The gas tax would go down to 4 cents a gallon.
Congress has a particularly bad habit of bailing out federal programs without addressing the underlying problems that caused failure in the first place. This round, we’re punting the ball on the Highway Trust Fund.
However, this time is different. We have a common-sense solution to reform our nation’s transportation policy, modernize America’s outdated transportation infrastructure system, and return decision making power to the states.
The Transportation Empowerment Act will update federal transportation policy with the same proven principles—diversity, customization and open-sourcing—that are driving innovation across our economy today.
Today, when we think of federal transportation policy, we think of the triumph of the Interstate Highway System. It was an enormous national project that began in the 1950s under President Eisenhower and reflected post-war America’s confident optimism. We had become a combustion-engine economy and needed a transportation network to connect our nation. So we built one.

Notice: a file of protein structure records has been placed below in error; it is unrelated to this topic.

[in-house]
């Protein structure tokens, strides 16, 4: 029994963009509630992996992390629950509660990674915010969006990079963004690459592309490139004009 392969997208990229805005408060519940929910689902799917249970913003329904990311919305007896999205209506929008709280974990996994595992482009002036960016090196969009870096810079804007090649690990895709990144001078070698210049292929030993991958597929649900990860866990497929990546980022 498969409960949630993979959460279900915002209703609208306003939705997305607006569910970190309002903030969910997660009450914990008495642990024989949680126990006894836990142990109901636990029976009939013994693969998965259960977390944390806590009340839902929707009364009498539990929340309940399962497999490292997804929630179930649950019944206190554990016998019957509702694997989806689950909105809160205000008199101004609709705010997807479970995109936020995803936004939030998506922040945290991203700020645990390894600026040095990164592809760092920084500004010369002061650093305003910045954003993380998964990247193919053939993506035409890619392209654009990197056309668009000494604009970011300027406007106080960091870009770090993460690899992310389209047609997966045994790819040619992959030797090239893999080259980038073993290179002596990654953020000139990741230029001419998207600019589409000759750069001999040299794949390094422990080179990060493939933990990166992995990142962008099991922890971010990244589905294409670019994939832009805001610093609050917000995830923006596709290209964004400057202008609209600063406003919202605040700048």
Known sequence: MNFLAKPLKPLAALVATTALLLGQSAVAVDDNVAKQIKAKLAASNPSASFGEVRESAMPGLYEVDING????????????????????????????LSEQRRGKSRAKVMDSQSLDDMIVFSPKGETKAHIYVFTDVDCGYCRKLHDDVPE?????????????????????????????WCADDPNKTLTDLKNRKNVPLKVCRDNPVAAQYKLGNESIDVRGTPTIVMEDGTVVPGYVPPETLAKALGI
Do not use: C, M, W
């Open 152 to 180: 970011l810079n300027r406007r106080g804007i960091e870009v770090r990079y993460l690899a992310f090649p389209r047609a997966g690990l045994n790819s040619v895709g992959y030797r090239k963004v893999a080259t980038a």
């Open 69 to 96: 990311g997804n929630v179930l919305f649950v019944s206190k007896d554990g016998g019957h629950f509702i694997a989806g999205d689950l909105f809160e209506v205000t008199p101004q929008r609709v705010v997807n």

Thanks to the Interstate Highway System, you can drive from Miami to Salt Lake, and from San Diego to Boston, only having to stop for gas. And a job well done is still a job, well, done.
In recent decades, America’s transportation needs have changed, but—as is too common in Washington today—our transportation policies have not kept pace. The highway program, and those who used it, built highways, via a per-gallon gasoline tax paid at the pump.
Today, drivers still pay the tax, but politicians redirect portions of the highway fund for bike lanes and walking paths and public transit systems in certain cities. Meanwhile, partisan giveaways to special interests and bureaucratic skimming artificially inflate the cost of new infrastructure projects by as much as 20 percent.